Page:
Elon Musk enters the debate to criticize OpenAI’s security

At this point, OpenAI co-founder Elon Musk chimed in. 

“It would certainly be easy for a state actor to steal their IP,” Musk replied to Andreessen’s post about security at OpenAI.  

Khosla, too, made mention of Musk, calling his decision to sue OpenAI “sour grapes.” Last week, Musk filed a lawsuit against OpenAI, alleging it breached the startup’s founding agreement. According to Musk, OpenAI’s close relationship with Microsoft and its decision to stop making its work open source violated the organization’s mission. OpenAI took a similar tack to Khosla, accusing Musk of having “regrets about not being involved with the company today,” according to a memo obtained by Bloomberg

Musk responded by saying Khosla, “doesn’t know what he is talking about,” regarding his departure from OpenAI in 2019.

Khosla’s venture capital firm Khosla Ventures is a longtime backer of OpenAI. In 2019, Khosla Ventures invested $50 million into OpenAI. As such, he didn’t take kindly to Musk’s lawsuit. “Like they say if you can’t innovate, litigate and that’s what we have here,” Khosla wrote on X, tagging both Musk and OpenAI.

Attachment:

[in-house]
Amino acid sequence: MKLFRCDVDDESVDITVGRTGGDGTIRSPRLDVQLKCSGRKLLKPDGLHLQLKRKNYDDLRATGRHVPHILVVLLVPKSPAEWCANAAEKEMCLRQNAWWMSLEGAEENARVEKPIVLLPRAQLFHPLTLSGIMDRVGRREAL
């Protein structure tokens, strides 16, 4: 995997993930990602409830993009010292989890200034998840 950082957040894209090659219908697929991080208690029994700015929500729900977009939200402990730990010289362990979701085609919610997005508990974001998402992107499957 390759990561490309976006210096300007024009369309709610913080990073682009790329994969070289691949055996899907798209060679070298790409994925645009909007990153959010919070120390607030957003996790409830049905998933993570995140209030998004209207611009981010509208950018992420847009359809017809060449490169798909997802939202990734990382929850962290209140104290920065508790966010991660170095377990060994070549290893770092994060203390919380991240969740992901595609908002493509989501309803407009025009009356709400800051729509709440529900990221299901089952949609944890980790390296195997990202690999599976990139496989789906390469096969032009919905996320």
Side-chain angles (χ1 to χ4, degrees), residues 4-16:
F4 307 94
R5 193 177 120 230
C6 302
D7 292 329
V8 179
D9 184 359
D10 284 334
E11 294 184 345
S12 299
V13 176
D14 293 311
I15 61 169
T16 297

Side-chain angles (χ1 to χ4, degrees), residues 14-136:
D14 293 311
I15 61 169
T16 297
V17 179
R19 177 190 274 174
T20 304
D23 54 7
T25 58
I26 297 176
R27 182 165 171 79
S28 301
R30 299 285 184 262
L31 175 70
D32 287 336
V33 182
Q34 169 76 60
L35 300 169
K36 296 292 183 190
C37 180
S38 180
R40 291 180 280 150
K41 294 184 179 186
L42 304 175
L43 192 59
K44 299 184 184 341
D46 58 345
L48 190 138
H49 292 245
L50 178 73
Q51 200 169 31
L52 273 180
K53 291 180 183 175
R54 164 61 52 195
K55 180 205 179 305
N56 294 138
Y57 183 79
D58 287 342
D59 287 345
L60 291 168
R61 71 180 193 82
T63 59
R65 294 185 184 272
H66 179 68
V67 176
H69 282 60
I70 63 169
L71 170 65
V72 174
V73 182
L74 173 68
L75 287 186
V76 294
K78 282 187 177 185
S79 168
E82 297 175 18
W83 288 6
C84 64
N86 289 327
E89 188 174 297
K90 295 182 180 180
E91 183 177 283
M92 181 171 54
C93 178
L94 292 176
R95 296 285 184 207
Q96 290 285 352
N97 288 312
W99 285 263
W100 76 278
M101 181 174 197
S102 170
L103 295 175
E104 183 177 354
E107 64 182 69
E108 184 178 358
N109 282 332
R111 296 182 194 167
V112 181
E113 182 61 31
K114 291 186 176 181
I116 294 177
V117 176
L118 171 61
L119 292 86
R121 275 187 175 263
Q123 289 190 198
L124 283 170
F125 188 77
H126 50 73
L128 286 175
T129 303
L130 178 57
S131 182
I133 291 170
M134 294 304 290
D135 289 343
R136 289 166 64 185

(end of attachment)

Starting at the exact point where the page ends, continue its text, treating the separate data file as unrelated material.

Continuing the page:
With Musk now involved, the debate continued. Khosla remained adamant AI was more important than the invention of the nuclear bomb and therefore couldn’t afford to be entirely open source—though he did agree with Musk and Andreessen that its top firms should have more rigorous security measures, even relying on the government for assistance. 

“Agree national cyber help and protection should be given and required for all [state of the art] AI,” Khosla wrote. “AI is not just cyber defense but also about winning economically and politically globally. The future of the world’s values and political system depends on it.”

Despite his reservations about making all of AI research open source, Khosla said he did not want development to halt. “[State of the art] AI should not be slowed because enemy nation states are orders of magnitude bigger danger in my view,” Khosla said in response to Andreessen. 

But Khosla and Andreessen did find some common ground on the question of AI alignment, which refers to the set of ideologies, principles, and ethics that will inform the models on which AI technologies are developed. Khosla wondered which groups would determine how AI gets aligned, before Andreessen chimed in with his own suggestion.